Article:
Cuonzo Martin talks about his team's personal growth
Cuonzo Martin speaks to the Big Orange Tipoff Club
Cuonzo Martin’s rain-soaked Wednesday afternoon started with a discourse, but didn’t end with a diagnosis.
Instead, Golden only underwent a MRI, forcing Martin and the Vols to wait until today for results.
Golden is doubtful for Saturday’s game at Arkansas.
The injury occurred late in the first half of Tuesday’s 58-57 win over Vanderbilt. Crashing into a gathering of big men in the lane, Golden came up lame, immediately reaching for his leg. After hobbling to the bench, he was promptly ushered into the locker room.
In Golden’s absence, walk-on point guard Brandon Lopez played 10 crucial second-half minutes. The sophomore hadn’t played in five games. Unfazed, he had three assists and didn’t commit a turnover.
Martin praised him Wednesday, noting Lopez barely gets live action in practices, let alone games.
“For him to come into that game without a lot of reps under his belt was just tremendous to see,” he said.
Asked how he’ll handle Golden’s absence, Martin said “Lots of Lopez.”
Freshman Armani Moore, who has seen time at point guard, barely played in Tuesday’s second half, likely a result of him struggling defensively against Vandy’s Princeton-style offense. He’ll likely see additional playing time against Arkansas (12-7, 3-3 SEC).
During his speech to the TipOff Club, Martin focused on the Vols (11-8, 3-4) coming together as a team, his job as “a molder of young men,” and his players’ handling of their own hype.
Martin noted that a “high school basketball coach I really respect” called him Wednesday morning, sharing his thoughts on the game.
“He said it really seems like the team is developing a bond among each other,” Martin recounted. “That meant a lot to me. That’s what you want to see.”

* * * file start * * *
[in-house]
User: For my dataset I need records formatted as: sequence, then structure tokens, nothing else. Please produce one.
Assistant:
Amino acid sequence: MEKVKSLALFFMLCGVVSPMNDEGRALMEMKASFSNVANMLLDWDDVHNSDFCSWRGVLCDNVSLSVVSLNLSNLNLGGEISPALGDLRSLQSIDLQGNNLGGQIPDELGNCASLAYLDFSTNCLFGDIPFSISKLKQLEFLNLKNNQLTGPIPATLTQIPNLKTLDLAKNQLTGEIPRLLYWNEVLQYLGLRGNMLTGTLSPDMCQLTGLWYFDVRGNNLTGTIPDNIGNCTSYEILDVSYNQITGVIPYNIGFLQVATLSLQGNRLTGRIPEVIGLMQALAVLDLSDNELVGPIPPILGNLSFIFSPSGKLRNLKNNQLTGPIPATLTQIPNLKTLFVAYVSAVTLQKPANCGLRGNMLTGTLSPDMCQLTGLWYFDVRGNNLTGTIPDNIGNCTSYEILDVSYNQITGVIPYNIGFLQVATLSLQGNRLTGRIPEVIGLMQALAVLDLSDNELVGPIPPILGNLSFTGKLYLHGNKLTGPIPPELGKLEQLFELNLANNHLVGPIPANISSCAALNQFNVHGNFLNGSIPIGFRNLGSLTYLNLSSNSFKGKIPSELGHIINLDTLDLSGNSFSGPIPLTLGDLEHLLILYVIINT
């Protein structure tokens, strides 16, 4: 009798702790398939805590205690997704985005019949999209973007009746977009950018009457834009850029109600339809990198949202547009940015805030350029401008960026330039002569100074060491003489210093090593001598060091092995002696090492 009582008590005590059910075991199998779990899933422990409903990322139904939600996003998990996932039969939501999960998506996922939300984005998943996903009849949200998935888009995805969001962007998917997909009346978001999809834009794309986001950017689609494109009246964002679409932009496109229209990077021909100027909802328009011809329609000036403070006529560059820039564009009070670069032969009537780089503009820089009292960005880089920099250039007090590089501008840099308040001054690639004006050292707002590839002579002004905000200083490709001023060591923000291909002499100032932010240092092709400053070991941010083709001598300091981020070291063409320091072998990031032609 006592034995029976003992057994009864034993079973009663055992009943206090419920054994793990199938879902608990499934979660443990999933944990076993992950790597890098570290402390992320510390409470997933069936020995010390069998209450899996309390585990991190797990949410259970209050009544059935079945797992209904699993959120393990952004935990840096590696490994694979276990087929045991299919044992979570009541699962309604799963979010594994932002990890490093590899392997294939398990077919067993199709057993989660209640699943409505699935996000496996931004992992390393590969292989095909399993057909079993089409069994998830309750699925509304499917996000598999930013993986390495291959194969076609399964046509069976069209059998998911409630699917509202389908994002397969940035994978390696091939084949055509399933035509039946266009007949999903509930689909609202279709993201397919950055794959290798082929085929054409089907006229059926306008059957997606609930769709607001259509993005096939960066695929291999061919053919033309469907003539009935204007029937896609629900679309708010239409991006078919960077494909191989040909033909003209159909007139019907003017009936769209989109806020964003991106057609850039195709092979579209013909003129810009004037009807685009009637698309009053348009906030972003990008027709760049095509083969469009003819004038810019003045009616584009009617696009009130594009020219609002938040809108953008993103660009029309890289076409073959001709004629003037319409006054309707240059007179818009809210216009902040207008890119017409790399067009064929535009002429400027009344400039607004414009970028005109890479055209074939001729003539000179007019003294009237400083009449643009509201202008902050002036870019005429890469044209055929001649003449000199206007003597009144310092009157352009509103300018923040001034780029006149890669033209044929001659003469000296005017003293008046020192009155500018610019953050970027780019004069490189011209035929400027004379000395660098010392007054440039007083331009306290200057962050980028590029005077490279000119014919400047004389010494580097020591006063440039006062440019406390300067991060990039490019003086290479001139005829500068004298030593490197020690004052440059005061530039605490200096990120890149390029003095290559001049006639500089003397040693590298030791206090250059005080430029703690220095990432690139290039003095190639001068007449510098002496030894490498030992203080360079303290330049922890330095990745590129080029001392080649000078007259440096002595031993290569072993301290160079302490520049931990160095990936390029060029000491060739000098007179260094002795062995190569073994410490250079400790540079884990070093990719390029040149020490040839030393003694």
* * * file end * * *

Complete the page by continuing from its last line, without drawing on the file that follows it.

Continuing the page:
Martin explained that the level of fan support at Tennessee — a program ranked in the top five nationally in attendance each of the last seven years — has its shades of good and bad. The support, he said, is the staple of the program. The downside, though, is when players get lost in the praise.
“Then you have some struggles and all the sudden, that Twitter account isn’t so friendly anymore,” Martin quipped.
The ill effects are hard to miss on the court.
“I see some of our guys, I don’t want to say any names, but I see some guys and they grow, their minutes grow, and all the sudden they change and become individuals,” Martin said. “Then they lose sight of who they were moving forward. Then all the sudden they have struggles, and that brings them back down.”
Before fielding 20 minutes of questions from UT fans, Martin ended his 10-minute opening statement by saying, “The thing I tell our guys, anytime I think they’re getting off-kilter is, ‘Remember, they didn’t come to see you play, they came to see the University of Tennessee.’ ”
Brendan F. Quinn covers Tennessee men’s basketball. Follow him at Twitter.com/BFQuinn